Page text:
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View Full Version : Me + Chemical Plant = Good?


JDUtah
08-18-2008, 08:47 PM
I know it's the organic forum but I was wondering what you easterners might have to say...

I might work to get a job with a chemical company in Baltimore, MD. Now before you jump the gun on 'chemicals', it is a sustainable resource company that takes byproducts from metal manufacturing and turns them into usable chemicals; water treatment chemicals, and yes even agricultural iron products. So it might be chemicals, but it totally follows the ideal of turning a waste stream into a product. I think I would like the job.

Now this is where I would like the input..

I love growing things too much to walk away from landscape maintenance. Utah is offering a good chance for me to make a difference because the lack of organic practices out here AND the very poor soil (1% SOM for example). I think Utah would be a pretty good market once I got my niche going...

But, I was wondering how you think an organic program would fair in Baltimore compared to Utah. The soil might not need as much help out there? (might not be a good thing) An easier 'organic' market though? I don't know... Anyone familiar with the Baltimore area and willing to share some insight?

Thanks!

phasthound
08-19-2008, 12:12 AM
JD,
You'll suffer more from culture shock than from "organic" shock. :)

JDUtah
08-19-2008, 12:20 AM
Haha, Thanks for the heads up Phasthound.

LawnTamer
08-19-2008, 12:34 AM
I would jump on it. Seriously. I only know of a few who have tried marketing organic programs here, and they haven't had a big response. The typical homeowner here has 2 objectives from their lawn care provider;
1. Make my lawn look as good as/better than the neighbors.

2. For as little $ as possible.

In 16 years of doing lawn apps here, I have had exactly 1 request for an organic program. I gave them a price that was about $7 more per app than a synthetic program, and they said, "Oh, never mind, I'll just do the normal program."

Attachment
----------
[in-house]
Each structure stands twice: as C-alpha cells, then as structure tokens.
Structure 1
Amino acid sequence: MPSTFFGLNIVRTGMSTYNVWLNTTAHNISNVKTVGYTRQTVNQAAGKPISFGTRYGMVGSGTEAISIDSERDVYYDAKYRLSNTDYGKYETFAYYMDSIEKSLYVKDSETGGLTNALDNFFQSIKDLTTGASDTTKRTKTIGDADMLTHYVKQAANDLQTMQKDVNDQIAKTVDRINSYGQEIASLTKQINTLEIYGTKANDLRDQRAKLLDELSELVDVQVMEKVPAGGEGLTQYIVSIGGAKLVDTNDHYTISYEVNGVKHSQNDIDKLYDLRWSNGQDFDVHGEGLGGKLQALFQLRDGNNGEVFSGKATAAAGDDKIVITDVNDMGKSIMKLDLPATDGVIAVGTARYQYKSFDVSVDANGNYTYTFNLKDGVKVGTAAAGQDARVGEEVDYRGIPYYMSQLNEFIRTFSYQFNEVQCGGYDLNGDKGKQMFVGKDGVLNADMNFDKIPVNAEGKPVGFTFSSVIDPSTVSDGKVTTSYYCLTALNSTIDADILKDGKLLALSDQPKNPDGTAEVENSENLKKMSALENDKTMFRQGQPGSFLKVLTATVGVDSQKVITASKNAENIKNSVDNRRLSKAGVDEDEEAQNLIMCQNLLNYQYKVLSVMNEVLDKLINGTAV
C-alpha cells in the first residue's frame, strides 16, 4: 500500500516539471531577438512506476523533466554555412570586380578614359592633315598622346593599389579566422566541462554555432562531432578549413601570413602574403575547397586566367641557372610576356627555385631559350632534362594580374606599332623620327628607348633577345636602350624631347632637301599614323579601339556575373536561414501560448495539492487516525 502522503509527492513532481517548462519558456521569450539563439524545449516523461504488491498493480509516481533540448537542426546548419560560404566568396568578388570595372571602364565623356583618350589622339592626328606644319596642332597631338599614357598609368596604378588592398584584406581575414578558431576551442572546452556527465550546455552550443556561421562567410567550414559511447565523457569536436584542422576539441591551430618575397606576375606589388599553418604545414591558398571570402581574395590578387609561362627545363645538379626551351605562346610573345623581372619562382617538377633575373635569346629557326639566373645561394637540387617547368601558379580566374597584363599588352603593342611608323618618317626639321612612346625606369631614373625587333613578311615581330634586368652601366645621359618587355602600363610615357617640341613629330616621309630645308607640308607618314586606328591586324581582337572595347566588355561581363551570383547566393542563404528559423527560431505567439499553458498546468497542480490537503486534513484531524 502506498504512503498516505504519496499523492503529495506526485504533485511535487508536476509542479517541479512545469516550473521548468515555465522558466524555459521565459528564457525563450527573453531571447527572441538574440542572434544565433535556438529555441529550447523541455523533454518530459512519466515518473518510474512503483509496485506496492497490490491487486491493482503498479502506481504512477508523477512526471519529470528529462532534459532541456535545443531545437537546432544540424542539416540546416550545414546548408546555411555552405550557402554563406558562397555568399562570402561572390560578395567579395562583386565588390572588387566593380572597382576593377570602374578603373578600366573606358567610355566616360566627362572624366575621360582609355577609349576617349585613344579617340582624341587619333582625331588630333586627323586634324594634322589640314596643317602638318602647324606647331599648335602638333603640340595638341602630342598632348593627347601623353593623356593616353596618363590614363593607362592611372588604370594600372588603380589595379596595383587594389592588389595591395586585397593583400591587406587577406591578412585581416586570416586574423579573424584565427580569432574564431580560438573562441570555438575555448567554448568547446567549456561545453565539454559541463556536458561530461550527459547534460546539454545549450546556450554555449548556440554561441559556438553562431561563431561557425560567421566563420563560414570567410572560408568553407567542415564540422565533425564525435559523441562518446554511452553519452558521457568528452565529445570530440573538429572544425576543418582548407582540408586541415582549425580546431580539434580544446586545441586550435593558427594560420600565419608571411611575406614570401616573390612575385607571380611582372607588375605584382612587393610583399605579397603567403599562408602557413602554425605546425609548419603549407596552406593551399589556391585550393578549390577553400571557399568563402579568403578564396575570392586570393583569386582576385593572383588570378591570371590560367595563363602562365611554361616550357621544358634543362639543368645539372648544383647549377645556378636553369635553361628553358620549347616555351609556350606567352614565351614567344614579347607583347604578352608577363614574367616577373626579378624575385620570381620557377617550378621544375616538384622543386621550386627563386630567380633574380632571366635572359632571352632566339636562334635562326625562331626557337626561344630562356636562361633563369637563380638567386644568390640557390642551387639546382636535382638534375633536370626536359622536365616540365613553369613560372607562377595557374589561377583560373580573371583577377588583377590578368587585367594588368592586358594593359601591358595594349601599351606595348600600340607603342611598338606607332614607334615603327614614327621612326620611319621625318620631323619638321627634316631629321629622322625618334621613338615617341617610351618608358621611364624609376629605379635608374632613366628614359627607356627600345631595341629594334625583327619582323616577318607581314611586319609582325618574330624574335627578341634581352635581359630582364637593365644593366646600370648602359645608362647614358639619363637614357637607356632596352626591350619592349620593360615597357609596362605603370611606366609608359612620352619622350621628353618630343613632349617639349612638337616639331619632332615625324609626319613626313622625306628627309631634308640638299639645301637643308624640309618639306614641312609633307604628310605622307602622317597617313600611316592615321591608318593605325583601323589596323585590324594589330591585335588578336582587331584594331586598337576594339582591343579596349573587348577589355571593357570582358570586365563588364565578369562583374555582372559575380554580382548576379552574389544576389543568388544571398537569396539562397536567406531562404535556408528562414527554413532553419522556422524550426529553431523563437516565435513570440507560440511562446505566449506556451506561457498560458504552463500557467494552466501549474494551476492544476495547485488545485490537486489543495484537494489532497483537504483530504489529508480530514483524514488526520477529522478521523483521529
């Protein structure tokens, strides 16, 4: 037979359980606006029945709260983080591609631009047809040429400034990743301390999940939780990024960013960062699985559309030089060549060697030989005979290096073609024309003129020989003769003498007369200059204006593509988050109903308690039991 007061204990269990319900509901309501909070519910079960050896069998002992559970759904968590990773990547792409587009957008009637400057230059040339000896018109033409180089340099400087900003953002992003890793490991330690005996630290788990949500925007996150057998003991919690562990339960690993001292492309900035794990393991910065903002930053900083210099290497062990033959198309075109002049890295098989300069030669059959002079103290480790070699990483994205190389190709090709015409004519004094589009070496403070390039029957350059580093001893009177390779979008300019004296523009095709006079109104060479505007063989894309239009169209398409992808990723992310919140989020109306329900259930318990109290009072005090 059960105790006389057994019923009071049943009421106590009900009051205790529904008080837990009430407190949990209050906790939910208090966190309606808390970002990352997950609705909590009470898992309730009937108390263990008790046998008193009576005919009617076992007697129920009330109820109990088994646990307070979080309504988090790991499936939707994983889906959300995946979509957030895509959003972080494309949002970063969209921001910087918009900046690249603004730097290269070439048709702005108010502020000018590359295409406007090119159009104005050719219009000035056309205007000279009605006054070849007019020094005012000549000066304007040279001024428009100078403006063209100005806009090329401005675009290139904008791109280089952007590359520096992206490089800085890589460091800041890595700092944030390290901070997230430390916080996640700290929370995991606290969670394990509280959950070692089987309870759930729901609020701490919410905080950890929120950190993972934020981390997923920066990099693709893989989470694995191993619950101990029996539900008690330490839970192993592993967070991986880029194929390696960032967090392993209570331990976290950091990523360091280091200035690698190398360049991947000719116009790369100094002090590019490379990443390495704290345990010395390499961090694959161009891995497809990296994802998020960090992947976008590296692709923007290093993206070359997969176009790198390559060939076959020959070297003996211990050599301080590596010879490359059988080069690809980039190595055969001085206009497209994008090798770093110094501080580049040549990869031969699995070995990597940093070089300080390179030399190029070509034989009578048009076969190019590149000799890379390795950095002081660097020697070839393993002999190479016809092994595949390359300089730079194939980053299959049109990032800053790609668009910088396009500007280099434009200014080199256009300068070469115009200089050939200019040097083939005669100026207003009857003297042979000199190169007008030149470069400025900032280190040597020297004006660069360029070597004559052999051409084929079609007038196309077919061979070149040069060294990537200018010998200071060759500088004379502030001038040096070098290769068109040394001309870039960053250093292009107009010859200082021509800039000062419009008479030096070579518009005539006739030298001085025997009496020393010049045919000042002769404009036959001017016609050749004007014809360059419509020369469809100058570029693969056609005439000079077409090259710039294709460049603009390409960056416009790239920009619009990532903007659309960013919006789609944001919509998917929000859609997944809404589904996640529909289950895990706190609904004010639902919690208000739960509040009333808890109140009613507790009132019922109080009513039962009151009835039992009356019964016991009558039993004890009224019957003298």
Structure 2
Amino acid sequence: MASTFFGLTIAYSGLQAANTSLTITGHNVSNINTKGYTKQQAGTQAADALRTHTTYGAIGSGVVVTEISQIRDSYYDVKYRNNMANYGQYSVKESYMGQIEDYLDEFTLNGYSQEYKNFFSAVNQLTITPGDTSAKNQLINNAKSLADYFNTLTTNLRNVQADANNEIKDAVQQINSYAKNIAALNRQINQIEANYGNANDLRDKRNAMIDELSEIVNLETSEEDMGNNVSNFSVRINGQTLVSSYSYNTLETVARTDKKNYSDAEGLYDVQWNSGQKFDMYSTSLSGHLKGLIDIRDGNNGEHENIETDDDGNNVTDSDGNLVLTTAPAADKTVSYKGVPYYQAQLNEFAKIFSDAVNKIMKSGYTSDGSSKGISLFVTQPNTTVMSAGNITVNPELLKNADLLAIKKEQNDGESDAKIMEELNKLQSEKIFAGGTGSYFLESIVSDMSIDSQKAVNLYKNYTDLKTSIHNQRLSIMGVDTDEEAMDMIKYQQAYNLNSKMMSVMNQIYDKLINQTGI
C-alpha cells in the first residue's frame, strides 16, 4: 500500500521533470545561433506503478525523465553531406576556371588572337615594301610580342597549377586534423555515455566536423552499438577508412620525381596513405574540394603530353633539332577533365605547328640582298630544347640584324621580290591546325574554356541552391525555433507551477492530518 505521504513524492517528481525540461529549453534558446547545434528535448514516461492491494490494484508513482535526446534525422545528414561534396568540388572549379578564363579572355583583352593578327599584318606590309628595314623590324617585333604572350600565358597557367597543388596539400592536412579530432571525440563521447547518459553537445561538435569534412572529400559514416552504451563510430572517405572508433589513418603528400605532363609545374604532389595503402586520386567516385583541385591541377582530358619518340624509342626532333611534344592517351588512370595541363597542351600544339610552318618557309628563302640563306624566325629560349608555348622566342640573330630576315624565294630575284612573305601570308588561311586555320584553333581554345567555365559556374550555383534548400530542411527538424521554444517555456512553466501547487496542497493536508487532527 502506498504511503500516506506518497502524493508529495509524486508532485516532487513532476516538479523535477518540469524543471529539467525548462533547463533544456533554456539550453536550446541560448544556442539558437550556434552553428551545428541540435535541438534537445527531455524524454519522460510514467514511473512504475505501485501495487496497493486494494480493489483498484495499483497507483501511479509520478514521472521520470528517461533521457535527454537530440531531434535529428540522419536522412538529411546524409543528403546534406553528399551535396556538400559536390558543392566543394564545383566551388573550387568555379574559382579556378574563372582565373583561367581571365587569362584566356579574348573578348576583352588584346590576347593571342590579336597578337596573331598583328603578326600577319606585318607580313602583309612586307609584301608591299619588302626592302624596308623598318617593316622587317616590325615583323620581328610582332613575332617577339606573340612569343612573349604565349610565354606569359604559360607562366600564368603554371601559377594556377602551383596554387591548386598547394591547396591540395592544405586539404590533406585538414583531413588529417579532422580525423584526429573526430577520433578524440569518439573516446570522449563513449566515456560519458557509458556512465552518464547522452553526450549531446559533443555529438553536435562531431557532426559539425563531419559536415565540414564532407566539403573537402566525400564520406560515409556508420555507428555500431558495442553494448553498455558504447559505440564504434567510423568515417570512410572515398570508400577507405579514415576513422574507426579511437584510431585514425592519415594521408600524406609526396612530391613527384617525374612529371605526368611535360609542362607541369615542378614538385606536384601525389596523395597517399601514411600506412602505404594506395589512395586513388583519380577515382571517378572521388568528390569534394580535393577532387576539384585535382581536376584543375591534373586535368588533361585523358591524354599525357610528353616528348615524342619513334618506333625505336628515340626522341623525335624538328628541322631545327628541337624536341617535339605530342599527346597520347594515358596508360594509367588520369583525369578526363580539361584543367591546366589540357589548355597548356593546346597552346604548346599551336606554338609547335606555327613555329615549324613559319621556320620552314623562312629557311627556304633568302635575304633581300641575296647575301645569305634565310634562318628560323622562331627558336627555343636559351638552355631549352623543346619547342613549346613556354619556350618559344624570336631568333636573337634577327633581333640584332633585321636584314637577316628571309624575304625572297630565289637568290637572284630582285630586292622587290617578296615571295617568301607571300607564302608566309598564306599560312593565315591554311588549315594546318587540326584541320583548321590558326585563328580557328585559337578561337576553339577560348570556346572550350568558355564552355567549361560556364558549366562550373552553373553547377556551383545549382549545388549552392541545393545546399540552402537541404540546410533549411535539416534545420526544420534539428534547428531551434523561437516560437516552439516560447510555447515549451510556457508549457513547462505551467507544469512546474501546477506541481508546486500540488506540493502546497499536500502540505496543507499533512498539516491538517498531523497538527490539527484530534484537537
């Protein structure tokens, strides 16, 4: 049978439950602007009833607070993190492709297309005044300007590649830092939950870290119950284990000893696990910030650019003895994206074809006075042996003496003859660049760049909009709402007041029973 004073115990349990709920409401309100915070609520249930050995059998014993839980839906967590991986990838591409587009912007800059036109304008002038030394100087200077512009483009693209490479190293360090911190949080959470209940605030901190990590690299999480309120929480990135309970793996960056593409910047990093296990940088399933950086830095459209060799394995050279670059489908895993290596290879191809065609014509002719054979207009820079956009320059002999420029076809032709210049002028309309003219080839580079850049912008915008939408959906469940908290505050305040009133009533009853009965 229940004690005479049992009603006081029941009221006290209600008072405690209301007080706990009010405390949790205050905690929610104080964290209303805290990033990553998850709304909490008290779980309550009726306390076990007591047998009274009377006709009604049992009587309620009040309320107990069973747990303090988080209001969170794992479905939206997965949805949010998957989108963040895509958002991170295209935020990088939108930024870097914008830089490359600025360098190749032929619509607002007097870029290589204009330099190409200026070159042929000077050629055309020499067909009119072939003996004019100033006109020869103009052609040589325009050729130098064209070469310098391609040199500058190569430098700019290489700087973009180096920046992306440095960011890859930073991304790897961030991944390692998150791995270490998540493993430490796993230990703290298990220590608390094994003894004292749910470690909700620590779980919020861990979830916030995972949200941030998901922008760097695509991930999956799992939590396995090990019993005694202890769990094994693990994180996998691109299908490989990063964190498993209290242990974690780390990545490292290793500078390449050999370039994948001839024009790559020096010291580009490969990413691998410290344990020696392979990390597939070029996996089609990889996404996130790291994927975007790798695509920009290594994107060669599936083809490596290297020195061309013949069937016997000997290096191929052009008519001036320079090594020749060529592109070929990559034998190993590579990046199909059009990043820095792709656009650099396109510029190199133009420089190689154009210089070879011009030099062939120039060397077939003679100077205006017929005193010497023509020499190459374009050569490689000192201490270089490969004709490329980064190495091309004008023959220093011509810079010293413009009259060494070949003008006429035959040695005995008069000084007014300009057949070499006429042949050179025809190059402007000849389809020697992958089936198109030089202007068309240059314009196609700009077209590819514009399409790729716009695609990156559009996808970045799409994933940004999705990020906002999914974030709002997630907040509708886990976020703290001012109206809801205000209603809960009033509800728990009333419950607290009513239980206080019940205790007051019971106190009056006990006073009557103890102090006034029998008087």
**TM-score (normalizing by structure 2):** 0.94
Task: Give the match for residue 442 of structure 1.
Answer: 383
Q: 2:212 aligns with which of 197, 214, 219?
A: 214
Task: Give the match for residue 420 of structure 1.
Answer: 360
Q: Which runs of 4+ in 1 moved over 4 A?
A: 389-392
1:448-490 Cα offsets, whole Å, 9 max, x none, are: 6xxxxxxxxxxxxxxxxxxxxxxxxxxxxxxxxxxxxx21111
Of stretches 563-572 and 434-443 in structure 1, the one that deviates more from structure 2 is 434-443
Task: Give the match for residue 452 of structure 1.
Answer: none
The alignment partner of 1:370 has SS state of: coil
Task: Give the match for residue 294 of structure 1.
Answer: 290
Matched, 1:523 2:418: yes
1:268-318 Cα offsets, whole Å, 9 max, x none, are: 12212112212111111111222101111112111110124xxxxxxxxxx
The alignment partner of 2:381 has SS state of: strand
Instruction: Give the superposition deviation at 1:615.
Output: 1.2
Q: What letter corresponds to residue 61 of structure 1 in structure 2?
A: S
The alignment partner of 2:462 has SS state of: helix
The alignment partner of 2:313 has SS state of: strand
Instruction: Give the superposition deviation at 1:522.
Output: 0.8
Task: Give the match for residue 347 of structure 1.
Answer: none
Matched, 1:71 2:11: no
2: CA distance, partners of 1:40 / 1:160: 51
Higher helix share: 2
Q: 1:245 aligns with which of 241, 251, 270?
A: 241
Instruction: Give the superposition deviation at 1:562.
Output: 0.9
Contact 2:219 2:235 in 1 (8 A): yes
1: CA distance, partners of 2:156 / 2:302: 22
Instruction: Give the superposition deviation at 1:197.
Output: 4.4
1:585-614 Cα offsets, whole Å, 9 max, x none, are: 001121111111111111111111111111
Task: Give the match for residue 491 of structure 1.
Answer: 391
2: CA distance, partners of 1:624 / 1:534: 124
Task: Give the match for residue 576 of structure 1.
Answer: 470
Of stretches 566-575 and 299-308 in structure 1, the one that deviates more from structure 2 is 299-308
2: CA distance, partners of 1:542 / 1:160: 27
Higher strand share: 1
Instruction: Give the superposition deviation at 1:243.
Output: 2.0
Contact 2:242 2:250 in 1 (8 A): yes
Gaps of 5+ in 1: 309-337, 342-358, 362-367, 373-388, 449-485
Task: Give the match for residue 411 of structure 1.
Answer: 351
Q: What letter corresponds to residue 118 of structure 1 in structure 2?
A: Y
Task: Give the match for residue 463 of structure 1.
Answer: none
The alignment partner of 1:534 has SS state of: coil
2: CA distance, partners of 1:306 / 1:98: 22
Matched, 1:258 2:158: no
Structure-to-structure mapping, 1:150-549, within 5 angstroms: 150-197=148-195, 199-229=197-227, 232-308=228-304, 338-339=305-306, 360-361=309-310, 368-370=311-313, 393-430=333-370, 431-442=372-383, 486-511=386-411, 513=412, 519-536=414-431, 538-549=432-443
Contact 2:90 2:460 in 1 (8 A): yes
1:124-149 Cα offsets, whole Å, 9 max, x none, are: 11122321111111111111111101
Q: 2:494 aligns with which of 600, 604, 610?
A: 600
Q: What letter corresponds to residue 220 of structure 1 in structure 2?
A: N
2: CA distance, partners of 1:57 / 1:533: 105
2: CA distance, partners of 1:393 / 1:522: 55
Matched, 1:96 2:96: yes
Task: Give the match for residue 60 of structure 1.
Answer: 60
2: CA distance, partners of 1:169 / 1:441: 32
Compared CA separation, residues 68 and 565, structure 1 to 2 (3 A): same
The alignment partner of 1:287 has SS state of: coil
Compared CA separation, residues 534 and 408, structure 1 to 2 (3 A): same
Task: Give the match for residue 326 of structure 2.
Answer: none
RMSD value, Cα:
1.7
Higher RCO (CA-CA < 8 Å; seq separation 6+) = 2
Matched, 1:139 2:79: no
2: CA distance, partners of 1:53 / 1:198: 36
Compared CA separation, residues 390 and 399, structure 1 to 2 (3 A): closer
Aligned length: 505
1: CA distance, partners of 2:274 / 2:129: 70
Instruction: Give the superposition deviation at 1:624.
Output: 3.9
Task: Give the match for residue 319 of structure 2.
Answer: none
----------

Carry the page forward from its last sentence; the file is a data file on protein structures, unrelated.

I'm not saying it couldn't be done, but with the instability in the economy, I would opt for a guaranteed paycheck.

JDUtah
08-19-2008, 12:45 AM
Hmmmm, good info from a local experienced friend... advice deeply noted. Thanks LawnTamer.

Kiril
08-19-2008, 02:19 AM
Organic programs should not cost more. If they do, your not doing it right.

treegal1
08-19-2008, 03:45 AM
Organic programs should not cost more. If they do, your not doing it right.I thought I was the only one saying that, hurry and duck for cover.:laugh:

Prolawnservice
08-19-2008, 03:47 PM
Organic programs should not cost more. If they do, your not doing it right.

I know with TG's program that is the case, however what she does is beyond what most do. Several professional organic providers have told me, it costs more. From my own experience it costs more, and has a lower profit margin. Could you expand on the above thought a little?

growingdeeprootsorganicly
08-19-2008, 04:20 PM
I know with TG's program that is the case, however what she does is beyond what most do. Several professional organic providers have told me, it costs more. From my own experience it costs more, and has a lower profit margin. Could you expand on the above thought a little?

with poor soils from the get go especially!
kiril please explain how to do this if you would?

DeepGreenLawn
08-19-2008, 04:52 PM
I checked my prices with my local synthetic fert supplier and then compared them to prices of my organic fert provider and found that the organic ferts were cheaper by about 20 cents I believe.